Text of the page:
Methods of Prosecuting an OUI

If you are charged with OUI in Massachusetts, you can be prosecuted in two ways, depending on the facts of the case and the evidence available to the prosecutor. First, if you submitted to a breath or blood test with a result of a 0.08% blood alcohol concentration (BAC) or higher, the prosecutor can prosecute you on what is called the “per se” theory of the law. The prosecutor can argue that you are in “per se” violation of the law based upon your breath or blood test result without having to show any other evidence that you were impaired.

The second way to prosecute an OUI charge is under the “impaired theory.” Under the “impaired theory”, the prosecutor relies upon the observations of the police to prove that you were impaired. While the “impaired theory” is pursued most often in cases where there is no evidence of a breath or blood test result, a prosecutor can move forward on both the “per se” and the “impaired” theories if there is a BAC result.

No matter which theory the Commonwealth uses at trial, the prosecutor must prove beyond a reasonable doubt that you were under the influence of intoxicating liquor or drugs at the time you operated a motor vehicle. This is a very high burden on a prosecutor. If you submitted to a breath or blood test, there are many potential defenses to the reliability of those tests that may even lead to their exclusion from evidence at trial. Moreover, there are many normal, everyday non-alcohol related reasons that may explain your behavior, appearance, and even your performance on field sobriety tests that may lead to reasonable doubt.

Under the Influence: Per Se Theory

In order to be prosecuted under the “per se” theory, there must be evidence of your BAC. In Massachusetts, your BAC can be obtained either by a breath test or by a blood test. However, a prosecutor must meet particular hurdles established by Massachusetts law before a breath or blood test result can be admitted at trial. The prosecution must show compliance with G.L. c. 90, §24 and 501 CMR 2.00 in order for the results to be admissible as evidence against you. Both types of testing are fallible at best and the scientific reliability of the results can be challenged prior to trial.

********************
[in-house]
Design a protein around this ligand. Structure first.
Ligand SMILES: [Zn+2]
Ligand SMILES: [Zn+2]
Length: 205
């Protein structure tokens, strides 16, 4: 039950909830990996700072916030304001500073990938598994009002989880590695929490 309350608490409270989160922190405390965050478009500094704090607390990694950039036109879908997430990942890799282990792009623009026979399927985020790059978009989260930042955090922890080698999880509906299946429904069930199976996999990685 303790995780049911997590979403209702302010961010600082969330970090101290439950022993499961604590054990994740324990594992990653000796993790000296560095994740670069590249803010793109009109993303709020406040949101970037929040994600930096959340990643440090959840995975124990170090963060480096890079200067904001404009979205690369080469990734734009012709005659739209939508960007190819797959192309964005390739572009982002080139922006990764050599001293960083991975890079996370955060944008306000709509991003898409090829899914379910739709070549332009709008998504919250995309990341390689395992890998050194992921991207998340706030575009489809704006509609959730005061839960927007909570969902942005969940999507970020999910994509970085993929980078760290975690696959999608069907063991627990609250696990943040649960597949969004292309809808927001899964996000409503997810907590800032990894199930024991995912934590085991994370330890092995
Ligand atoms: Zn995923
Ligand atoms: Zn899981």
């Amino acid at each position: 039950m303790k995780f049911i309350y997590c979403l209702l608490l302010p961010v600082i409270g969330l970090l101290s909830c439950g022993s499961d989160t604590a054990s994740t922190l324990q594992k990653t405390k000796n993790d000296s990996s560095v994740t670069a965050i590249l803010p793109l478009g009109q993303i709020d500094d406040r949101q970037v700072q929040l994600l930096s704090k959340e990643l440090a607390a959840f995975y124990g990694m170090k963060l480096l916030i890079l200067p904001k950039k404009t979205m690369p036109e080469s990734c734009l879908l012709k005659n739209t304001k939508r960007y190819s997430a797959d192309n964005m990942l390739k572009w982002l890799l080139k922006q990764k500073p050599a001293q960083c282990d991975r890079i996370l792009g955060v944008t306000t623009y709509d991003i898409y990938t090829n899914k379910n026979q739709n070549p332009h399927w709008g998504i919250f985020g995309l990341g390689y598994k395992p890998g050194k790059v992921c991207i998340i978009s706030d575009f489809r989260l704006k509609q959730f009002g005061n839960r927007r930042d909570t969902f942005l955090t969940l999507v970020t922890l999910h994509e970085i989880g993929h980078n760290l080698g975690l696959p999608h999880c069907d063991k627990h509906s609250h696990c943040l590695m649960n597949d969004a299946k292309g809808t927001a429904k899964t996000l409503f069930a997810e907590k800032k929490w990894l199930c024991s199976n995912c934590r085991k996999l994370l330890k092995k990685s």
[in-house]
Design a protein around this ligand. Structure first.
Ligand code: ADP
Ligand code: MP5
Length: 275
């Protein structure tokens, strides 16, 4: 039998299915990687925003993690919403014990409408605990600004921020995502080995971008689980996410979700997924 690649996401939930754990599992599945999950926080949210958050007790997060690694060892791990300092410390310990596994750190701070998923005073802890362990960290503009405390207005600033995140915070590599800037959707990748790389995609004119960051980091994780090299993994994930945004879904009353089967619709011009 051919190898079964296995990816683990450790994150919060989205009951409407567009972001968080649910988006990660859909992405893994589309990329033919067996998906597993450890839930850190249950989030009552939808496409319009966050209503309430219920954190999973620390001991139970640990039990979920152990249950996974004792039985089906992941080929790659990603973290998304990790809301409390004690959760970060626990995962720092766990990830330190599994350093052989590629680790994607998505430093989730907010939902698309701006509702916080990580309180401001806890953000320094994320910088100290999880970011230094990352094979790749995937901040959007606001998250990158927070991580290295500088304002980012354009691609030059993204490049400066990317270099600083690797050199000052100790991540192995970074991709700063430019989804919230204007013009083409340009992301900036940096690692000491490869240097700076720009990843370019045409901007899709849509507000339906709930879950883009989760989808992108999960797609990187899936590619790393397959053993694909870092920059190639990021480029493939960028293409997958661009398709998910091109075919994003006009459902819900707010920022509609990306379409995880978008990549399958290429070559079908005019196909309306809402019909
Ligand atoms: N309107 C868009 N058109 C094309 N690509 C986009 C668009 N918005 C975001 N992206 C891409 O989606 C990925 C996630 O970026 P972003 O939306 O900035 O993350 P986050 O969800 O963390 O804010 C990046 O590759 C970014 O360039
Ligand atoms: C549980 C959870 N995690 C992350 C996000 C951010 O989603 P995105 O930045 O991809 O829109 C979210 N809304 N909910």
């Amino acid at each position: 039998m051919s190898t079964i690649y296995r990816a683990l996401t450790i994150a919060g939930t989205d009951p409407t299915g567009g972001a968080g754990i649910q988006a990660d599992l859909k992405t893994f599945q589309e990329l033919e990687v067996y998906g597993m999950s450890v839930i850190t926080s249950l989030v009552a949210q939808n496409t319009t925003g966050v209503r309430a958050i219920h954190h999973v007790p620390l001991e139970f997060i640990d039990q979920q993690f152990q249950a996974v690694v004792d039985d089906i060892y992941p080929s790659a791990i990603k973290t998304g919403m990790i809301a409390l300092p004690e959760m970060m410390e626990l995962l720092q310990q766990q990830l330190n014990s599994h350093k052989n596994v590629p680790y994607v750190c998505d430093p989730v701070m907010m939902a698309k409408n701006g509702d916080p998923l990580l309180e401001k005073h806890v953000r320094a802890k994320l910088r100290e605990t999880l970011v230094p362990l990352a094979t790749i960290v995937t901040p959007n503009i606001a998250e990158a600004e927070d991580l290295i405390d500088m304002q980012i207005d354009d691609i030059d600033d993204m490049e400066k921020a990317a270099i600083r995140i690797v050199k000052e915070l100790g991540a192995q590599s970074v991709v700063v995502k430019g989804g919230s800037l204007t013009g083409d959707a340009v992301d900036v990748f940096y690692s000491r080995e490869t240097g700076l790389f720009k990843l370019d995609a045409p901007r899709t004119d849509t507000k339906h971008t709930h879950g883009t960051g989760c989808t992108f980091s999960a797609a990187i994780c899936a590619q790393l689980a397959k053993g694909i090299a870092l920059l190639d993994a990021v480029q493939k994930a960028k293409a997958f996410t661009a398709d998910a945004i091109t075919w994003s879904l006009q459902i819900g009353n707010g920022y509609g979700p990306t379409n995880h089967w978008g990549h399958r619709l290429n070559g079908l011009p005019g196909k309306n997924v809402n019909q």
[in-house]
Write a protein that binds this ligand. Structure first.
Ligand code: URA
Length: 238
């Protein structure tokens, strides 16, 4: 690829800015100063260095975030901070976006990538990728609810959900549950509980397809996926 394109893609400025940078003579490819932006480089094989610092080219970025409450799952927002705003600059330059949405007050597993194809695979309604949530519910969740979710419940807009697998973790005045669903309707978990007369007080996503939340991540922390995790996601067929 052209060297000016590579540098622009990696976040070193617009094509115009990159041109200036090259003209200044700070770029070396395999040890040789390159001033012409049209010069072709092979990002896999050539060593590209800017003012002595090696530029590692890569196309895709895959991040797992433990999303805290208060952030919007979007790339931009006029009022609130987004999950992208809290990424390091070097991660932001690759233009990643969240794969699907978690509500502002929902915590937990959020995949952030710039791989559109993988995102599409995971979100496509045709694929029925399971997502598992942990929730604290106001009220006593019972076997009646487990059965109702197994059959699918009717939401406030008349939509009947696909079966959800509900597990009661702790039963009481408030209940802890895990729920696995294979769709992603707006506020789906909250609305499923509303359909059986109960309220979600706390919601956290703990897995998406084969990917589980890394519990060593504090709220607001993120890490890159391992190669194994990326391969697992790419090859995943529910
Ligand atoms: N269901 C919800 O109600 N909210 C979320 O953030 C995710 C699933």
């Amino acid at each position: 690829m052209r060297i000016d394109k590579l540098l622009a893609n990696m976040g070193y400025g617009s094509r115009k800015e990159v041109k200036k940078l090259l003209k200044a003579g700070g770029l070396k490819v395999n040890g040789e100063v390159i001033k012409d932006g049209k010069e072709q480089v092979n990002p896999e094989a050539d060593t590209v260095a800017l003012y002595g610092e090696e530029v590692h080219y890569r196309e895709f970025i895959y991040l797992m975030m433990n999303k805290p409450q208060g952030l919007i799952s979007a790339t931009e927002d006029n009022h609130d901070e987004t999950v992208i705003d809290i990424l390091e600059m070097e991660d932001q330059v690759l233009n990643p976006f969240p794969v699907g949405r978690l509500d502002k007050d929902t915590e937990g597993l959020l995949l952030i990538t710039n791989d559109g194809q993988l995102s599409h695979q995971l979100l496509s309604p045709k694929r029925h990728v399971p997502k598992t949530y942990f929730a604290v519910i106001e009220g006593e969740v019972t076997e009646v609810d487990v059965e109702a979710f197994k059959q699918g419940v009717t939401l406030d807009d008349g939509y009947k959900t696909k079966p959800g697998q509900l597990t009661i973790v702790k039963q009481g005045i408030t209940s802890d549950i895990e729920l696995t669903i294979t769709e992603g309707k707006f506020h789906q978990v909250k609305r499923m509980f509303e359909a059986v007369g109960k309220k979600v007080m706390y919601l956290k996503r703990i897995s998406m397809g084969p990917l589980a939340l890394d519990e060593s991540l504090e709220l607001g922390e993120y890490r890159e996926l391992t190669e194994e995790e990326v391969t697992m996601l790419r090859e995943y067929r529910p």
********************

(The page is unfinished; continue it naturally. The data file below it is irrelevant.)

When Must the BAC Test be Administered?

While the statute does not specifically state the time within which the test must be administered in order to be admissible as evidence against you at trial, the Massachusetts Supreme Judicial Court has held that up to three hours between is a reasonable amount of time. Commonwealth v. Colturi, 448 Mass. 809 (2007). If a test is not administered within the three hour window, the BAC result is not admissible at trial without expert testimony discussing retrograde extrapolation. Keep in mind that the acceptable amount of time is dependent on the totality of the circumstances and is at the discretion of the court depending on the facts of the case.

Defenses to BAC Testing at Trial

Under the “per se” theory, evidence of a 0.08% BAC alone is enough for the Commonwealth to meet its burden to show that you were under the influence of alcohol. Commonwealth v. Hebb, 477 Mass. 409, 412 (2017). Although the Commonwealth is not required to show any evidence of impairment or that you had a diminished capacity to operate safely, there are many defenses that a jury is able to consider when determining whether the prosecutor has proven your BAC beyond a reasonable doubt doubt, including:

  • whether the test was administered within a reasonable time of operation
  • whether the person who gave the test was properly certified, and your assessment of their credibility
  • the pre-test procedures that were employed